Great. That color's really helpful. And then, last question following up on some of the prepared remarks you made around investing in a better website. I realized it might be early days, but do you have any sort of assessment of a payback period or return on investment in terms of dollars that you're putting into modernizing and improving the site versus what could be improved throughput at your stores as a result?

Jeffrey A. Williams -- President and Chief Executive Officer

Yeah, we're very cost conscious and very frugal with our investments. We think we've got a very good approach to improving our digital experience including the webpage. We were really at the point where we had to upgrade what we offered and we're adding an online credit application process to the webpage. We're adding pictures of cars and some other features. It's not going to be a huge dollar investment for us and we've been working on it for six or seven months already and those costs are not being capitalized. So it's going to be a very cost-effective investment for us and it's something that we needed to do.

We did not have a good digital presence at all and we're going to have a good product within the next few months. But as far as the investment, it's something that we just needed to do especially when we look at customers shopping online and us having the ability to process credit applications online. This is an area we needed to invest in, that hasn't stopped our investments at the lot level either. So our goal is to keep investing where needed especially in people. But we've got a lot of opportunity to grow and improve operations and we'll be very frugal and very direct and thoughtful with our investments.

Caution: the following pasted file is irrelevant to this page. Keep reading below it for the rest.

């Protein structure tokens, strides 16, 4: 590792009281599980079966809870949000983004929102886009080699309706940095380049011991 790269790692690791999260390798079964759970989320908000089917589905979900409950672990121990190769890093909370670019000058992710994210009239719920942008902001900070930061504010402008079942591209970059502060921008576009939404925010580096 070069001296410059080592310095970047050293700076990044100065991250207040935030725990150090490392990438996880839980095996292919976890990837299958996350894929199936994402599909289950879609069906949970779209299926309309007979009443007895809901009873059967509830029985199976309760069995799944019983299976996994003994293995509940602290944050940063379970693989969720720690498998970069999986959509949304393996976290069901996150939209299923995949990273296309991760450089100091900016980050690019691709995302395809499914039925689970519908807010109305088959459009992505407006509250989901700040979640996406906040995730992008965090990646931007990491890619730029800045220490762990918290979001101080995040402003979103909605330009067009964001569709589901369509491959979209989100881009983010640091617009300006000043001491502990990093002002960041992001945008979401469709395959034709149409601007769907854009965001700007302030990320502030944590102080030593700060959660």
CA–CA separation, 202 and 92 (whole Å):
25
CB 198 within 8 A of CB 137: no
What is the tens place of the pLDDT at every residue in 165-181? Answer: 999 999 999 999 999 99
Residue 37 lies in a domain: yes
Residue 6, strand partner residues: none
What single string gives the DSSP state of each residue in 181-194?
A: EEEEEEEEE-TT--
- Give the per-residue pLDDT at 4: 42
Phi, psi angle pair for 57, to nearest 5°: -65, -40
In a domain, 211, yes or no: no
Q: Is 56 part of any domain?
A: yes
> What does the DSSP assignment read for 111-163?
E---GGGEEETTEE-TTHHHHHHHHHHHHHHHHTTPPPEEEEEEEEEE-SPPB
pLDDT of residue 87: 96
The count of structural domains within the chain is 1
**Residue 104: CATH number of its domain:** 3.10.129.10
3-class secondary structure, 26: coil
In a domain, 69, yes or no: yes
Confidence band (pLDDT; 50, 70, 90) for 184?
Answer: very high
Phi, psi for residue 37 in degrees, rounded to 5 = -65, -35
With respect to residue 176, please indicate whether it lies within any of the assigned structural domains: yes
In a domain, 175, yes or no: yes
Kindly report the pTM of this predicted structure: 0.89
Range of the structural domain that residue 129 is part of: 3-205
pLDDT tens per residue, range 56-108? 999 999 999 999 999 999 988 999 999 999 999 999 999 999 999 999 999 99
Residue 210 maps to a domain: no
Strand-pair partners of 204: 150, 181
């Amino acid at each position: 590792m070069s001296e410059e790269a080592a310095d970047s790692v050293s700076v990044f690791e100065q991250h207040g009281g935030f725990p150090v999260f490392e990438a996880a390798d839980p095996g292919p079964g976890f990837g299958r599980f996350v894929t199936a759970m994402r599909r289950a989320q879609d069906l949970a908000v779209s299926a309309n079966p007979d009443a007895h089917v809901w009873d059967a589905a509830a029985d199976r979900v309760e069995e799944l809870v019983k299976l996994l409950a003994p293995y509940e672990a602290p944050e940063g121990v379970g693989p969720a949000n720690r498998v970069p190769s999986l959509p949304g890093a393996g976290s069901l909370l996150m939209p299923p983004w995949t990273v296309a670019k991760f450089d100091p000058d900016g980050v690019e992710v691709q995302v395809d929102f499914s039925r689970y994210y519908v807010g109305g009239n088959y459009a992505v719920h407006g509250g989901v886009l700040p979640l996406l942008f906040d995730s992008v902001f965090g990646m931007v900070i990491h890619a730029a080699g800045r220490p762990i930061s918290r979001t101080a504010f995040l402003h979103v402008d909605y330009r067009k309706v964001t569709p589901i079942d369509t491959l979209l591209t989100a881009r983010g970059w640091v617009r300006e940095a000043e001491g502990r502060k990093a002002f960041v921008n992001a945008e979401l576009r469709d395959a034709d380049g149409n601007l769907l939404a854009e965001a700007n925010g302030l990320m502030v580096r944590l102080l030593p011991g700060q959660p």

Aileen Smith -- Bank of America Merrill Lynch -- Analyst

Okay. That's very helpful. That's it for me. Thanks for the questions.

Jeffrey A. Williams -- President and Chief Executive Officer

Thank you.

Operator

Thank you. Our next question comes from John Rowan with Janney. Your line is open.

John Rowan -- Janney Montgomery Scott LLC -- Analyst

Good morning.

Jeffrey A. Williams -- President and Chief Executive Officer

Good morning.

Vickie D. Judy -- Chief Financial Officer

Good morning.

John Rowan -- Janney Montgomery Scott LLC -- Analyst